Mary H. Hall: Lessons from tobacco industry in climate change crisis

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Published: 5/28/2019 10:19:17 AM

The Gazette recently published a letter from a writer with the same name and town of residence as columnist Bob Couch.

Responding to one of Couch’s columns, I referenced the PBS NOVA program, “Decoding the Weather Machine,” which I had found to be straightforward in its presentation on climate. I hoped Couch, who used to teach math, might appreciate the relevant discoveries of mathematician and physicist Joseph Fourier in 1824, along with those of John Tyndall in 1862, and Svante Arrhenius in 1895.

I also recommended the book, “Merchants of Doubt,” and the movie by the same name that was inspired by the book. These resources describe how fossil fuel interests have repeated a strategy the tobacco industry used before them, of working to sow confusion about what is generally accepted science in order to maintain their business.

The tobacco story may come full circle, as litigation ultimately exposed, through discovery, the tobacco industry’s lies about what it had actually known. By that time, big tobacco’s profits had been huge. While arguments continue on what is known of climate, the time we have left in which to save life as we know it is running out.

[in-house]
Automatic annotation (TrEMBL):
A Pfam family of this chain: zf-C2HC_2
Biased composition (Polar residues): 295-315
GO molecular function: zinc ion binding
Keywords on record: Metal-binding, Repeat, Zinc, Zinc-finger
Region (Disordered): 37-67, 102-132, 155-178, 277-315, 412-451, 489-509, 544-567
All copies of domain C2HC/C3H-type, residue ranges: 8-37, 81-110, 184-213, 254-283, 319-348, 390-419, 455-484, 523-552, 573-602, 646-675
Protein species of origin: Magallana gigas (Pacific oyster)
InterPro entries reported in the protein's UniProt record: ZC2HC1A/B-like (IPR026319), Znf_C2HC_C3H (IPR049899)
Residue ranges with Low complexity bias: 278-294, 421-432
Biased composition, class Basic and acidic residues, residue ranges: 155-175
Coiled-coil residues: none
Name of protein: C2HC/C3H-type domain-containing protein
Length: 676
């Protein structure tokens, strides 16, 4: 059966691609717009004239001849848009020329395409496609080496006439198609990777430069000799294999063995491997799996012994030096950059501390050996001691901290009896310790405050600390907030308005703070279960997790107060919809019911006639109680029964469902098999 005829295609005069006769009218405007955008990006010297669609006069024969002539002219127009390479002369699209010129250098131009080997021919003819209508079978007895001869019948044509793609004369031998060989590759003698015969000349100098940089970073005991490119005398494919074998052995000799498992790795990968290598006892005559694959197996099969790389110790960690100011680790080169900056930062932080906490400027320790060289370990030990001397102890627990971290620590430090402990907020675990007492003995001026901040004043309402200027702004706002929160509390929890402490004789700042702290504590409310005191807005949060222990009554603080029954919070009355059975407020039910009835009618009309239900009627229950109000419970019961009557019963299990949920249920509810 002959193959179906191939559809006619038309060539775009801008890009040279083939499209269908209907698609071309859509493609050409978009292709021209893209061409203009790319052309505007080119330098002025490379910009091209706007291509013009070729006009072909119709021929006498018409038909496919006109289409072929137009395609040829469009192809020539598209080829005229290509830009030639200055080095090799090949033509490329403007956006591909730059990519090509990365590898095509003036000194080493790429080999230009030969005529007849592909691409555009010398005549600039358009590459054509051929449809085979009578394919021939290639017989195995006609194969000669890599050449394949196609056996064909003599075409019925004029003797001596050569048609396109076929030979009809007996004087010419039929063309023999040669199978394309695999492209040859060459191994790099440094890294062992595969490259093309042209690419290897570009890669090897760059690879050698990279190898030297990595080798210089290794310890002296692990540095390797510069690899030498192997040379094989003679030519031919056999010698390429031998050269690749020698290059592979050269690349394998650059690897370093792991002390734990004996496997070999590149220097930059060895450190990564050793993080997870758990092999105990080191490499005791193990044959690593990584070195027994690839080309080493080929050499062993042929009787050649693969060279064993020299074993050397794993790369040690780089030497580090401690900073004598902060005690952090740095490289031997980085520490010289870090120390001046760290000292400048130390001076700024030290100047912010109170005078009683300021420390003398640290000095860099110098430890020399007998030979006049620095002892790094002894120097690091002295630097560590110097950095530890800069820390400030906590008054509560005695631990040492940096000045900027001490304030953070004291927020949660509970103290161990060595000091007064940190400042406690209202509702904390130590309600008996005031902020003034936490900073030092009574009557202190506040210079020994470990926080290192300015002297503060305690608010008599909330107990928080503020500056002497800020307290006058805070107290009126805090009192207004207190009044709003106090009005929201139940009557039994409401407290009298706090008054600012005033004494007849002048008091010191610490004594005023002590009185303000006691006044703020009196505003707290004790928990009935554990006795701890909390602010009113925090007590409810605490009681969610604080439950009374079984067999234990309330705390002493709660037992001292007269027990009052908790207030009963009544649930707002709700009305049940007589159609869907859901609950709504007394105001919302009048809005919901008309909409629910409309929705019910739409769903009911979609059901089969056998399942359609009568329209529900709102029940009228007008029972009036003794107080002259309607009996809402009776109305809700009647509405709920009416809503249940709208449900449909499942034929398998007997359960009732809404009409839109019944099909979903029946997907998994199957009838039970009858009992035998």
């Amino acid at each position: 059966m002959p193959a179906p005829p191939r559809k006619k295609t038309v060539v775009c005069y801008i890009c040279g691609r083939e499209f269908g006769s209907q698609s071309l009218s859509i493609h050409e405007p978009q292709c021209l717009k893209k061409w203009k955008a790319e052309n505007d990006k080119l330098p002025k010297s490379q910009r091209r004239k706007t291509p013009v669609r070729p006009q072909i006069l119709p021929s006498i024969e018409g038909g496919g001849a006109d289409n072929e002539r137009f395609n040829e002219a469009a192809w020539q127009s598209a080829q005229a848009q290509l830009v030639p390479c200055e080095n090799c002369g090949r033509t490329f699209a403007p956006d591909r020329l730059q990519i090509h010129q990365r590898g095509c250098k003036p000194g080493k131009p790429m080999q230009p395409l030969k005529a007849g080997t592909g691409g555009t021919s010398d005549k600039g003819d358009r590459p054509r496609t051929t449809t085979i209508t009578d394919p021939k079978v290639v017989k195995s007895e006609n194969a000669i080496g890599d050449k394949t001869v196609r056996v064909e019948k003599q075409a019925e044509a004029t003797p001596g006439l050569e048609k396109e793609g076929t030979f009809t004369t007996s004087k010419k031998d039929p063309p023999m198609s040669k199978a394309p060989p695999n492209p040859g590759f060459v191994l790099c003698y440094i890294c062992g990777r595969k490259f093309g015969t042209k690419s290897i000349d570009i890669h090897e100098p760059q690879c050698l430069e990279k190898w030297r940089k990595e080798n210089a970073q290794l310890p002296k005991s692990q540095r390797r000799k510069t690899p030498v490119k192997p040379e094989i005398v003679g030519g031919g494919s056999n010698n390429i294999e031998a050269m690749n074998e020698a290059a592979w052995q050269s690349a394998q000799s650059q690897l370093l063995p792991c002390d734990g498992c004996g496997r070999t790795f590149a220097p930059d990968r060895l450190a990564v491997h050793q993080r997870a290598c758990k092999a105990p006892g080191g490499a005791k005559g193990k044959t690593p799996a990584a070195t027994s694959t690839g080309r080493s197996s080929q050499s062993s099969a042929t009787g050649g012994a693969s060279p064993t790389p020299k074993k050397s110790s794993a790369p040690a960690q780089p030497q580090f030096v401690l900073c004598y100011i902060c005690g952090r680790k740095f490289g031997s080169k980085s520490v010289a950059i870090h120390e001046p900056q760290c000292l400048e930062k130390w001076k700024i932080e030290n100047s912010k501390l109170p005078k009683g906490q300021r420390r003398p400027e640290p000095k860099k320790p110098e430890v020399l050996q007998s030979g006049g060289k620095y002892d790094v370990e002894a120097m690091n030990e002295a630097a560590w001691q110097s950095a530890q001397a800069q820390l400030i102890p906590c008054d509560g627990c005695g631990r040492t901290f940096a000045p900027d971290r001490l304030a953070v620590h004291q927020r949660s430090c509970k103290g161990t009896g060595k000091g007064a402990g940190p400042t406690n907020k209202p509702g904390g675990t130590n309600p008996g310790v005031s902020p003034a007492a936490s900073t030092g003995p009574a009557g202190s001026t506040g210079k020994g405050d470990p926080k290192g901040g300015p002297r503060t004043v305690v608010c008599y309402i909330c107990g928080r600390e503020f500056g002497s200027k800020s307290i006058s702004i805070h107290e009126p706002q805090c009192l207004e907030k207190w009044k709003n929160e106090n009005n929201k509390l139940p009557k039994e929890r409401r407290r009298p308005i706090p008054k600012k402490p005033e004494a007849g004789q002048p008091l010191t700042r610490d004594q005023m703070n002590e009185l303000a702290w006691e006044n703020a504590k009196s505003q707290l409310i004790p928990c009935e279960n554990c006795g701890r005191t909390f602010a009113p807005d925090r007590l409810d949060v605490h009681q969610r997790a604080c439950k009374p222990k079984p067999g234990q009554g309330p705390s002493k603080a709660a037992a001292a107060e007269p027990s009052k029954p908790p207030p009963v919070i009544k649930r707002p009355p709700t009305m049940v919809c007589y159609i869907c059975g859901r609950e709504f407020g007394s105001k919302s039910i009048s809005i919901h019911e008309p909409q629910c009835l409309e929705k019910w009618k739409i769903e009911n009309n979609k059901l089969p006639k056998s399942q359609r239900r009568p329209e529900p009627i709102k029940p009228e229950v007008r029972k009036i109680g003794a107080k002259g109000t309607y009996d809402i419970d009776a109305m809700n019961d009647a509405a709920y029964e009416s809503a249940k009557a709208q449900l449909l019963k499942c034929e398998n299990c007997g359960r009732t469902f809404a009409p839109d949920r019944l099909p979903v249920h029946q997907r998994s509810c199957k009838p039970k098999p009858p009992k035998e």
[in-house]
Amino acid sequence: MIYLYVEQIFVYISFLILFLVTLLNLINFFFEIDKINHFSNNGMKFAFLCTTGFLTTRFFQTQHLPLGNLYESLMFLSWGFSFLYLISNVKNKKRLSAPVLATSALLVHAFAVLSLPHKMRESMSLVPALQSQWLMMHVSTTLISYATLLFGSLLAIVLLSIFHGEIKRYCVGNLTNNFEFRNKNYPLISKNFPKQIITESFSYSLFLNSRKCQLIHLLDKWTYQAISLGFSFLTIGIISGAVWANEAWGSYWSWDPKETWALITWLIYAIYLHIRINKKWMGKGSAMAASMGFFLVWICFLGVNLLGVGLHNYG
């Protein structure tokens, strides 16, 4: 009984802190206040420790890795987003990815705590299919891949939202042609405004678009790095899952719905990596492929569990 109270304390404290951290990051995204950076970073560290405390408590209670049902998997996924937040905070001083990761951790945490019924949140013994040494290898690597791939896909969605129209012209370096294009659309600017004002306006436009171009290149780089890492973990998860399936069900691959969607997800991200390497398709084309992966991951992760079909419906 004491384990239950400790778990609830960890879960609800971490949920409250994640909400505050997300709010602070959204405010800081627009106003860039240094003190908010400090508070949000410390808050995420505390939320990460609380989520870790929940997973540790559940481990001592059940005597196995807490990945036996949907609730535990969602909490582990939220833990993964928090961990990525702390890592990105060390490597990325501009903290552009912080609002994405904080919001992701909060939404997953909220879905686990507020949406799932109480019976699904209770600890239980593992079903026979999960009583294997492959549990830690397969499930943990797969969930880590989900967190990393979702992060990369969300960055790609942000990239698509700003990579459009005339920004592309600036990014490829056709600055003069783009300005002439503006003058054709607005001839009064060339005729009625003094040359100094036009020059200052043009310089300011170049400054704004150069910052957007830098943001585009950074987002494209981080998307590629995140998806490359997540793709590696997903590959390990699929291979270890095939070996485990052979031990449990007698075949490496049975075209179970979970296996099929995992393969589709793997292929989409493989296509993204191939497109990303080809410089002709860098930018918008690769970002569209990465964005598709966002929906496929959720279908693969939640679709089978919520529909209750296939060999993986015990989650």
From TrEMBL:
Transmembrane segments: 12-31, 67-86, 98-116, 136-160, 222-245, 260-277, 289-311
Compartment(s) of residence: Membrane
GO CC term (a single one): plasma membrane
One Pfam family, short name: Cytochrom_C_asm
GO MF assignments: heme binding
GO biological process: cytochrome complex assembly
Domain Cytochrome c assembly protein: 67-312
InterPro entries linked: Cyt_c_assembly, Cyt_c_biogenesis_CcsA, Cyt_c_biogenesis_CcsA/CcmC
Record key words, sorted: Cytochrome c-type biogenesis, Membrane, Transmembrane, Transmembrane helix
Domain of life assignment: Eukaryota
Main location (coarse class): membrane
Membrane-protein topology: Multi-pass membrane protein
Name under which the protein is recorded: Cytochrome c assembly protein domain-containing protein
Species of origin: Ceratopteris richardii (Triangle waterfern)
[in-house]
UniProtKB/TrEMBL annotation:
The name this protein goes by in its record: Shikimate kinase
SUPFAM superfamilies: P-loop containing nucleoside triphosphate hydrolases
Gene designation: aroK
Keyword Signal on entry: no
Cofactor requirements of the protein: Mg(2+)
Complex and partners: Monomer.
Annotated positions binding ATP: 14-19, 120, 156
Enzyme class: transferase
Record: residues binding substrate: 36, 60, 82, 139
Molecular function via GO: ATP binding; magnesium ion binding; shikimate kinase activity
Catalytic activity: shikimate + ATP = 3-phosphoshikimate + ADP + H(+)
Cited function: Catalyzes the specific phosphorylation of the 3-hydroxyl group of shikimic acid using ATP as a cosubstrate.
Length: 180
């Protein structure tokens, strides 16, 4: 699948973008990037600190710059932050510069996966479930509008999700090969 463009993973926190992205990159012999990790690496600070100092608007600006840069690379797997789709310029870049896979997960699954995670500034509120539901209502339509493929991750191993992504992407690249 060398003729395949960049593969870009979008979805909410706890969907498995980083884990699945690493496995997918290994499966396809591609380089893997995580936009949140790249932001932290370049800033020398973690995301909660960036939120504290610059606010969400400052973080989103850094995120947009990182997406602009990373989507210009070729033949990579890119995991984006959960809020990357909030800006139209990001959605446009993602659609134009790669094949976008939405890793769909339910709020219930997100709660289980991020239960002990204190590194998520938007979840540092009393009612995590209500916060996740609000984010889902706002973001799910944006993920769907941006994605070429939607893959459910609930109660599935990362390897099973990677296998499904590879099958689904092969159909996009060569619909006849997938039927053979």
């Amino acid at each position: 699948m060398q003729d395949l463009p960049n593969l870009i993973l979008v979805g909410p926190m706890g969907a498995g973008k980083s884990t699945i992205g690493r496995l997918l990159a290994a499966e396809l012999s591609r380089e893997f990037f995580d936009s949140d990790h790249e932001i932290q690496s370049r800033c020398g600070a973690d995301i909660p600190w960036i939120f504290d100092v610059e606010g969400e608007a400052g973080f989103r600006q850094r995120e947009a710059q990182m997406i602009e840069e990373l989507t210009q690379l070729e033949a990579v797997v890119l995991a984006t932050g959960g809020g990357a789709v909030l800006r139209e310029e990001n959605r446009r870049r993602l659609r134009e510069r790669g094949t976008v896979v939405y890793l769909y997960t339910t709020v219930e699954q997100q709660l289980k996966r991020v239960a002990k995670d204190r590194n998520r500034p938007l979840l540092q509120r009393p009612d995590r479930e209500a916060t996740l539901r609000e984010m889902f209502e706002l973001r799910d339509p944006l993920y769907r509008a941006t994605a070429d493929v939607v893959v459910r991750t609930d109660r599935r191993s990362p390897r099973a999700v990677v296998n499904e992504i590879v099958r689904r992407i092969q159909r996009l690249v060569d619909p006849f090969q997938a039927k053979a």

The recent letter names Dr. Richard Lindzen as his champion of climate denial. Court documents show Lindzen has accepted fossil fuel funding, although just how much he has received from the carbon-combustion complex is not public knowledge. Meanwhile, in an article on him at sourcewatch.org, I have read Lindzen favors the claim of big tobacco that smoking does no harm.

Lindzen has impressive credentials but, sadly, these, of themselves, do not show he is to be believed on climate. The film, “Merchants of Doubt,” explores an instructive previous experience with Dr. Fred Seitz, a prominent physicist who went on tobacco’s payroll. At the end of his life, Seitz took no responsibility for having helped to mislead the public about the health risks of smoking, but said people were at fault for believing the tobacco industry when they should have known better.

Mary H. Hall

South Hadley




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